It seems to me that there is such a thing as a major and a minor dramaturgy, and although my preference is mainly for the minor, which means those things that can be grasped on a human scale, I would here like to talk about the major dramaturgy. Because it is necessary. Because I think that today it is awfully necessary. We could define the minor dramaturgy as that zone, that structural circle, which lies in and around a production. But a production comes alive through its interaction, through its audience, and through what is going on outside its own orbit. And around the production lies the theatre and around the theatre lies the city and around the city, as far as we can see, lies the whole world and even the sky and all its stars. The walls that link all these circles together are made of skin, they have pores, they breathe.
These words were spoken by Marianne Van Kerkhoven, a Belgian dramaturge who died last week. Kerkhoven was a leading light in political and ‘new wave’ theatre throughout her career. It is perhaps not surprising that I hadn’t heard about her work until after her death, but it is clear that she was extremely influential and highly regarded. Again it got me pondering the role of the dramaturge in theatre making, particularly after my recent post, You Do What?. I came across a piece, written by Kerkhoven, and posted on Sarma, a site that, amongst other things, has a focus on dramaturgy. It is titled On dramaturgy – Looking without pencil in hand and makes interesting reading.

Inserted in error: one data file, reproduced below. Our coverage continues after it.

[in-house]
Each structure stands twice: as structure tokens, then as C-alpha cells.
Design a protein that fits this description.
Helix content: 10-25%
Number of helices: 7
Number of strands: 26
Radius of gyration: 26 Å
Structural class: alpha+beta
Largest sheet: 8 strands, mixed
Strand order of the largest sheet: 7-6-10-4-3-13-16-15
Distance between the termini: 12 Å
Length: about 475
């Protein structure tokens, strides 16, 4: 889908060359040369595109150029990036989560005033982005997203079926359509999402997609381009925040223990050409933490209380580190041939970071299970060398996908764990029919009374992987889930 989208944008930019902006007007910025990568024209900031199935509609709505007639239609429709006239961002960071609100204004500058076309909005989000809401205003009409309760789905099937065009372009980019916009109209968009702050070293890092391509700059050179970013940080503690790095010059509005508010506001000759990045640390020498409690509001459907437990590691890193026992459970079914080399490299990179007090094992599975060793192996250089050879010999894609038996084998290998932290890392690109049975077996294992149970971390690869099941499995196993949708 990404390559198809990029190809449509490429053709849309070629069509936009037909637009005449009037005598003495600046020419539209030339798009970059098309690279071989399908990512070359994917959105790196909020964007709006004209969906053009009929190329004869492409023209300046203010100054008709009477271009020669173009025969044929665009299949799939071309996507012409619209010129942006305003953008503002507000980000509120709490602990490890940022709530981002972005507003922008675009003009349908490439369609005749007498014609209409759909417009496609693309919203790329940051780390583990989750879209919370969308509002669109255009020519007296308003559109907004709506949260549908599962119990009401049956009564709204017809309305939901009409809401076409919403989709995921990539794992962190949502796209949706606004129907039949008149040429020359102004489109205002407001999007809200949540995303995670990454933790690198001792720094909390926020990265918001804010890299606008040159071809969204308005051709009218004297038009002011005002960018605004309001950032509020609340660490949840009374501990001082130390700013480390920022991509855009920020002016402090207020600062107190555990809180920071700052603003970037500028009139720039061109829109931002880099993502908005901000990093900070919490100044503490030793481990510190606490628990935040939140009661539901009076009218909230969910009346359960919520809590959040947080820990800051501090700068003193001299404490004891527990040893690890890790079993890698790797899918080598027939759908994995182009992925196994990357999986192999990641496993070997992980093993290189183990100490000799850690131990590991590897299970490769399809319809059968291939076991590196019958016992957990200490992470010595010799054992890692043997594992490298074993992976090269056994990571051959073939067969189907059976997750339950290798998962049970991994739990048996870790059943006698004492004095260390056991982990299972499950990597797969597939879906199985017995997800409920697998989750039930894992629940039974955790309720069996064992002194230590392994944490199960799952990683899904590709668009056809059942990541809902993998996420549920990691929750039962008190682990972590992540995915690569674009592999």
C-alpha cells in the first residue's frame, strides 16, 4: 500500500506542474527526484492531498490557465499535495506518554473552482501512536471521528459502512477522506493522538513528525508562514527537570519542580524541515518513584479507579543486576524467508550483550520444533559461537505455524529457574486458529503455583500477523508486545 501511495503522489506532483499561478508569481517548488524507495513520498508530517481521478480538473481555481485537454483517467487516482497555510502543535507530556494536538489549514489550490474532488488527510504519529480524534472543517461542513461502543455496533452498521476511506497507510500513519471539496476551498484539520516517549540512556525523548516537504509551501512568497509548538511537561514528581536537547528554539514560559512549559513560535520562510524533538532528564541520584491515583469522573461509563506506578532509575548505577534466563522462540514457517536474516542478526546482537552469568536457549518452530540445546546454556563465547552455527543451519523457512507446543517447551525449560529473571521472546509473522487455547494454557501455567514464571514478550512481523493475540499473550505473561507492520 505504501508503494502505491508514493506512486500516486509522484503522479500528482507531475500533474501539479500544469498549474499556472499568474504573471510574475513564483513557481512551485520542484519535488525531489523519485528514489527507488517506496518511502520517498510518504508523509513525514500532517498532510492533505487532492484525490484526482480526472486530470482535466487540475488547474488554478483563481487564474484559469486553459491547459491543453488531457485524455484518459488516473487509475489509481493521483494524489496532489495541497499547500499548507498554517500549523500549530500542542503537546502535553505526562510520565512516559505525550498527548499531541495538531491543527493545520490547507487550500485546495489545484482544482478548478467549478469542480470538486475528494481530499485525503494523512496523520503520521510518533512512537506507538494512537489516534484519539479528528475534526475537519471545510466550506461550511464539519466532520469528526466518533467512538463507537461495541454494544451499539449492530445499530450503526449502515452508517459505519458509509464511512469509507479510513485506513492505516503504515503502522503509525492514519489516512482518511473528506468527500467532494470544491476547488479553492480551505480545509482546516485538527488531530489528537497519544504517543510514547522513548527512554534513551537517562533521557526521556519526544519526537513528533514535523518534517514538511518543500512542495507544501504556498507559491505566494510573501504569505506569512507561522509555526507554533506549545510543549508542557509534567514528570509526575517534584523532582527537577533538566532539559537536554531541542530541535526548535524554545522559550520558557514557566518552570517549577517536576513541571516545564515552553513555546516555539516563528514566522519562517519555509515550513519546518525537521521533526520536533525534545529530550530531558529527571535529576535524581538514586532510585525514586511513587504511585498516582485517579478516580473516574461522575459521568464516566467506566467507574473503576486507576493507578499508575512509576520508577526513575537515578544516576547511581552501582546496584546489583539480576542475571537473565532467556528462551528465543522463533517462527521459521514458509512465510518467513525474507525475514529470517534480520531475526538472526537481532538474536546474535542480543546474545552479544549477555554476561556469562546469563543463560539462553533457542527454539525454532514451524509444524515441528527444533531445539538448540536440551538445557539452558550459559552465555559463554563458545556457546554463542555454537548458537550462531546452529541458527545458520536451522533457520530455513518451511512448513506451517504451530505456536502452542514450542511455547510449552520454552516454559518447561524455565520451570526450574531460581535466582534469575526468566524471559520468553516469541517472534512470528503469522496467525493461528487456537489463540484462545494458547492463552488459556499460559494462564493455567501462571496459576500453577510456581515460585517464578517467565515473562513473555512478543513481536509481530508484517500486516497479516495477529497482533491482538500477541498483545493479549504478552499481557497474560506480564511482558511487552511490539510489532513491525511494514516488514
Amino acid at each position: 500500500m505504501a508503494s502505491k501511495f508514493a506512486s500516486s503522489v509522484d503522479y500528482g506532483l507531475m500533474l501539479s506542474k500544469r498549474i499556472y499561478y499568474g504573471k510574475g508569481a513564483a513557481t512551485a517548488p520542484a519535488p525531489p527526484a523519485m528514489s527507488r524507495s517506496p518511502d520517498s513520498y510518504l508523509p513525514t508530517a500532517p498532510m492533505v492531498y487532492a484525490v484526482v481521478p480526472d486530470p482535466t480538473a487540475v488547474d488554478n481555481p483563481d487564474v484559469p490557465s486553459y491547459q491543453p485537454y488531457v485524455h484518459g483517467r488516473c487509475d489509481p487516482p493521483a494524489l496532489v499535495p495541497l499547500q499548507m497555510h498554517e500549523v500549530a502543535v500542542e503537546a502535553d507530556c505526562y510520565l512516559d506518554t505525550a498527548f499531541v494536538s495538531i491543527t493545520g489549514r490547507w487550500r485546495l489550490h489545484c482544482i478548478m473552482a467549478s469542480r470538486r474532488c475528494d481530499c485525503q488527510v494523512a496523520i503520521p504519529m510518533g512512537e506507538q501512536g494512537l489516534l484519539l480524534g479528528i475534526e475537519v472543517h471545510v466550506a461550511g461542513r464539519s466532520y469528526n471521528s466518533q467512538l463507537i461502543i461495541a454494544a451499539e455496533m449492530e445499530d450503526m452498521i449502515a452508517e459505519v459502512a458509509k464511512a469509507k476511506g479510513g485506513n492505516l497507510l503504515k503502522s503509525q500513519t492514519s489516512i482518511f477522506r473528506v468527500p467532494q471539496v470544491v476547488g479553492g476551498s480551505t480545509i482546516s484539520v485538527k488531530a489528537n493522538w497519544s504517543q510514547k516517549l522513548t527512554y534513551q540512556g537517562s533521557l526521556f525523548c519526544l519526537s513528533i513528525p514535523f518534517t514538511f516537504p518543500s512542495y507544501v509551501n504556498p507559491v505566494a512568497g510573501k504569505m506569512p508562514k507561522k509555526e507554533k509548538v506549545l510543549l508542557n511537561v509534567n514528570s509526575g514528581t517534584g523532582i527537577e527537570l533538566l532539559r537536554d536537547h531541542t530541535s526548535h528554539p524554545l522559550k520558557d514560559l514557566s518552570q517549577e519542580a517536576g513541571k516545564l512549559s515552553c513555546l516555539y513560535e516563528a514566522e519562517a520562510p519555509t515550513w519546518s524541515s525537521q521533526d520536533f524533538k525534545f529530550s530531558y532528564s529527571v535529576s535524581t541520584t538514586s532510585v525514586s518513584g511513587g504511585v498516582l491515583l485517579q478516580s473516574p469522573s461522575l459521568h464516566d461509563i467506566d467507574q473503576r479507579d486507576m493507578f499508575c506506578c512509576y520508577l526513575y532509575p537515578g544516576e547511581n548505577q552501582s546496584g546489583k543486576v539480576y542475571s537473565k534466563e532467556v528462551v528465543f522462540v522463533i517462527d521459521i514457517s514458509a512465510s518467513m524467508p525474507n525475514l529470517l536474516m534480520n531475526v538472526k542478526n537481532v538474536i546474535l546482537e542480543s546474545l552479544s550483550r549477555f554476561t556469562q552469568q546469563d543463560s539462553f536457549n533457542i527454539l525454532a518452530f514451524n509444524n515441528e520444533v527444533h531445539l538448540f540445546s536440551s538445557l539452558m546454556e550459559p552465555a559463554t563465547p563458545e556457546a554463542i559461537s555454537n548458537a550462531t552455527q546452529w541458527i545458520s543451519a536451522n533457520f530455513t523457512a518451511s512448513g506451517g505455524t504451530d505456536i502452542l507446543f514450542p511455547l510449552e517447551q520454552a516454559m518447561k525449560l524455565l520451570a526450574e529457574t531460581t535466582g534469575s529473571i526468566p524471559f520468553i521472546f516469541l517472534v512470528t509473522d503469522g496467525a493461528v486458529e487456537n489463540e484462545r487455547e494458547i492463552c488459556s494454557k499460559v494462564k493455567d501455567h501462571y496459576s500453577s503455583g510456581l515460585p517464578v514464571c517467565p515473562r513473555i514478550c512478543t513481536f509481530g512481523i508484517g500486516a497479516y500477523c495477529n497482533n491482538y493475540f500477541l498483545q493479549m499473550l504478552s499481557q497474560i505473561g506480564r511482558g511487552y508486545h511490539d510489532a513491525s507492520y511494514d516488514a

“(…) distance is often linked with the most intense state of feeling, in which the coolness or impersonality with which something is treated measures the insatiable interest that thing has for us.” (Susan Sontag)
1. The request to talk or write about it leads time and again to the same awkwardness: the feeling of being asked to reveal someone else’s culinary secrets or recipes.
2. In artistic practice there are no fixed laws of behaviour, or task that can wholly defined in advance, not even for the dramaturge. Every production forms its own method of work. It is precisely through the quality of the method used that the work of important artists gains its clarity, by their intuitively knowing – at every stage in the process – what the next step is. One of the abilities a dramaturge must develop is the flexibility to handle the methods used by artists while at the same time shaping his/her own way of working.
3. Whatever additional tasks – sometimes very practical and certainly highly varied – the dramaturge takes on in the course of an artistic process, there always remain several constants present in his work; dramaturgy is always concerned with the conversion of feeling into knowledge, and vice versa. Dramaturgy is the twilight zone between art and science.
4. Dramaturgy is also the passion of looking. The active process of the eye; the dramaturge as first spectator. He should be that slightly bashful friend who cautiously, weighing his words, expresses what he has seen and what traces it has left; he is the ‘outsider’s eye’ that wants to look ‘purely’ but at the same time has enough knowledge of what goes on on the inside to be both moved by and involved in what happens there. dramaturgy feeds on diffidence.